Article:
labor force


noun

(in the U.S.) the body of people who are at least 14 years old and are either employed or available for employment.

Origin of labor force

First recorded in 1880–85
Dictionary.com Unabridged Based on the Random House Unabridged Dictionary, © Random House, Inc. 2019

Related Words for labor force

personnel, workforce, crew, manpower, proletariat

Examples from the Web for labor force

Contemporary Examples of labor force

  • Any "good" news is more a product of the nonfarm payroll report's methodology – specifically, its labor-force masking effect.

    The Daily Beast logo
    What the August Jobs Number Misses

    Alex Klein

    September 6, 2012

Historical Examples of labor force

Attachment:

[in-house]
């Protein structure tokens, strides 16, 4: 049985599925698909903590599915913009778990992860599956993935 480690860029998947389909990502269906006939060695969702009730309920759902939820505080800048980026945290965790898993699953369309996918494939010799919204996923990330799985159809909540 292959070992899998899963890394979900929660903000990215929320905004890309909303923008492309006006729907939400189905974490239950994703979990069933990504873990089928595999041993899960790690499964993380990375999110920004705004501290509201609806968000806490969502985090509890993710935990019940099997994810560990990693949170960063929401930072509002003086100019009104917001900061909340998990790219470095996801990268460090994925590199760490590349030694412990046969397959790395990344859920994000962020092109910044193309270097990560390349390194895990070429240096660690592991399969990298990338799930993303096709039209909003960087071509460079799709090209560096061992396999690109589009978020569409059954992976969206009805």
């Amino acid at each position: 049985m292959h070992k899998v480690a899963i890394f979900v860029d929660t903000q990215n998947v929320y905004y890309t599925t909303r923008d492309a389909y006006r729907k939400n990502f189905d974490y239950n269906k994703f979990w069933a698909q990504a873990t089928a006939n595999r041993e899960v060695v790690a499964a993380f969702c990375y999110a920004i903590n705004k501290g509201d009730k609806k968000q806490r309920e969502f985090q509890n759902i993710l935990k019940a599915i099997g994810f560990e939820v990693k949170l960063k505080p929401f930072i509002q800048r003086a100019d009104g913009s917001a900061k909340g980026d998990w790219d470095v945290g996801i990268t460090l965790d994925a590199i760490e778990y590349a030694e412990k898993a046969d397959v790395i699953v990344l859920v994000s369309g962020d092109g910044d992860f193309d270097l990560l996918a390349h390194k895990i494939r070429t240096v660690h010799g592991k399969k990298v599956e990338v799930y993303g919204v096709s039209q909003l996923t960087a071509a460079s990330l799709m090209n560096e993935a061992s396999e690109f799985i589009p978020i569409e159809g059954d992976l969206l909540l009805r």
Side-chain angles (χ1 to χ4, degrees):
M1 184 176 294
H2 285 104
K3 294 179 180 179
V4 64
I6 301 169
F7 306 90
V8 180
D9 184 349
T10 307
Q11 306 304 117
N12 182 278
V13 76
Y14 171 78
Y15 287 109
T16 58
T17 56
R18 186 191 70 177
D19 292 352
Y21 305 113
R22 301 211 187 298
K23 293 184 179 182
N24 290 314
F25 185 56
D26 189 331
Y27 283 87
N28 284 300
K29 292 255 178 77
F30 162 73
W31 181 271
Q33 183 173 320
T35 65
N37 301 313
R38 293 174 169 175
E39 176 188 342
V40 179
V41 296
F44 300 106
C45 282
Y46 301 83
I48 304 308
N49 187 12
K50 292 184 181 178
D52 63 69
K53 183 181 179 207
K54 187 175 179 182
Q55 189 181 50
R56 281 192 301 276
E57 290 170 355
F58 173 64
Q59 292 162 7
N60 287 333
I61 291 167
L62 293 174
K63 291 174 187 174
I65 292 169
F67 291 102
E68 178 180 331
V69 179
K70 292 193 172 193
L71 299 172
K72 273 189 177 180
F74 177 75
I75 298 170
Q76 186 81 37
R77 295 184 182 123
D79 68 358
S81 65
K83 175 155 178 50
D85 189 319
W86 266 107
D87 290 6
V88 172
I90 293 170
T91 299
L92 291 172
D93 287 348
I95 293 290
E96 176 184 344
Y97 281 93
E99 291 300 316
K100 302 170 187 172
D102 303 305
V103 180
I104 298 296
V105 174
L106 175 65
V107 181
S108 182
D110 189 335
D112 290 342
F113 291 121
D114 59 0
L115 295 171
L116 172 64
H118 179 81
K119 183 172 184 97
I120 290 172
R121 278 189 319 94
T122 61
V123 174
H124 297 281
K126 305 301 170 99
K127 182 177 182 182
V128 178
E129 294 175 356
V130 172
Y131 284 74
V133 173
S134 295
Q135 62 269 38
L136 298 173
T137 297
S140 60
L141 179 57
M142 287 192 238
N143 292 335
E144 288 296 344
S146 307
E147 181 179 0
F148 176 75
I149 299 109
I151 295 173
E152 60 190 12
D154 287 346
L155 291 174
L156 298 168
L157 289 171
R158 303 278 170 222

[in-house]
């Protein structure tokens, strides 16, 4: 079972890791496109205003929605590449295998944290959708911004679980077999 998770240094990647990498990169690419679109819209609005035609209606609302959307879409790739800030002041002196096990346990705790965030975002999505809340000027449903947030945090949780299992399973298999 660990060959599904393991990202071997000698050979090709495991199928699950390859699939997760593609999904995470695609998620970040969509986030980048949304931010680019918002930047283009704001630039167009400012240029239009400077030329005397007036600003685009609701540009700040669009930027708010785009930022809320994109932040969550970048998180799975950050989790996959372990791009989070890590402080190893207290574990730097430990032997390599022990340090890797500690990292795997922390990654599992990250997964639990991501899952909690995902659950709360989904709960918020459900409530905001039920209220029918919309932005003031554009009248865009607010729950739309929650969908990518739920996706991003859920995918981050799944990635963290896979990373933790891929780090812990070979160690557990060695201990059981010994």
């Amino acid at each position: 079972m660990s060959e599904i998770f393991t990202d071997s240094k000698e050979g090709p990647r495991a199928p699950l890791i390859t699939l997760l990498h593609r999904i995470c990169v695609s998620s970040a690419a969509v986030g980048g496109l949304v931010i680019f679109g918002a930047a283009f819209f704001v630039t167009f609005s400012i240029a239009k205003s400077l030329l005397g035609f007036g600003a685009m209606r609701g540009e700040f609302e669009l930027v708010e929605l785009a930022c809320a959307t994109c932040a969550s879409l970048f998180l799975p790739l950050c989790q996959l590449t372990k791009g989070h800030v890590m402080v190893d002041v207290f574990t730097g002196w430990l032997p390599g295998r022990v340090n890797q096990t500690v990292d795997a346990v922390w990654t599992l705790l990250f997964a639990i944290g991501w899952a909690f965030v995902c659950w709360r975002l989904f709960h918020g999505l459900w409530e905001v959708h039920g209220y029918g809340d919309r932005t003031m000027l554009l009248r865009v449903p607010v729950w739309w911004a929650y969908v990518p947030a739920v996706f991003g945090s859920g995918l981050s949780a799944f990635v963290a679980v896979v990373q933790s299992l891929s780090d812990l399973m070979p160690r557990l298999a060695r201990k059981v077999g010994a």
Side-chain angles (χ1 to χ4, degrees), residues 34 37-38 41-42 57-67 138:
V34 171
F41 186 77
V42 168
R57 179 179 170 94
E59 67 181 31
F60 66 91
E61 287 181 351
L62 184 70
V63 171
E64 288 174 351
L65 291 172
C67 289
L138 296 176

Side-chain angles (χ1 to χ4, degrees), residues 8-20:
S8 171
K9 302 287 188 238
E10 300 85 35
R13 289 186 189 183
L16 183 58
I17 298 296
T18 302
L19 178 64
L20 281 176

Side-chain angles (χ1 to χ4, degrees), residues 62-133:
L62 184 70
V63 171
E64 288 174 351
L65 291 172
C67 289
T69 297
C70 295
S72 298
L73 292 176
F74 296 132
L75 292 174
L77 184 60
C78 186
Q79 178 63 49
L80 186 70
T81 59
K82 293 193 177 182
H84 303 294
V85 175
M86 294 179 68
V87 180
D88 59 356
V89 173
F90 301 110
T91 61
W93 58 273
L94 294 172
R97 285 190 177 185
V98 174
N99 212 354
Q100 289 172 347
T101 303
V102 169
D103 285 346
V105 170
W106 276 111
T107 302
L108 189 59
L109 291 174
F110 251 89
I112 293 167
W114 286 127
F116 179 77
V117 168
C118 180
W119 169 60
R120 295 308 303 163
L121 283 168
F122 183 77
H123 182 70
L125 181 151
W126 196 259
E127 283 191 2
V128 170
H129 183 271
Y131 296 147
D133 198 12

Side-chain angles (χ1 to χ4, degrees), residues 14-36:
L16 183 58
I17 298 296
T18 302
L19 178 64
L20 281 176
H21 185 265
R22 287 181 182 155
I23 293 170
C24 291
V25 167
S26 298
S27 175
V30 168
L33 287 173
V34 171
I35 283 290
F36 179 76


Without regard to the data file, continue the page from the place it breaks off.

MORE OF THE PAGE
• The sales-force is as truly a part of the labor-force of a corporation as are the mechanics.

    The Value of Money

    Benjamin M. Anderson, Jr.

  • In his labor-force he has his competence, and, if he makes no use of it, that is his fault.

  • If, as we have seen, labor has no value this is by no means the case with labor-force.

  • The owner of money pays out a day's value of labor-force but there belongs to him its use for the day, the whole day's labor.

  • It would have to direct the plan of production in accordance with the means of production to which labor-force also belongs.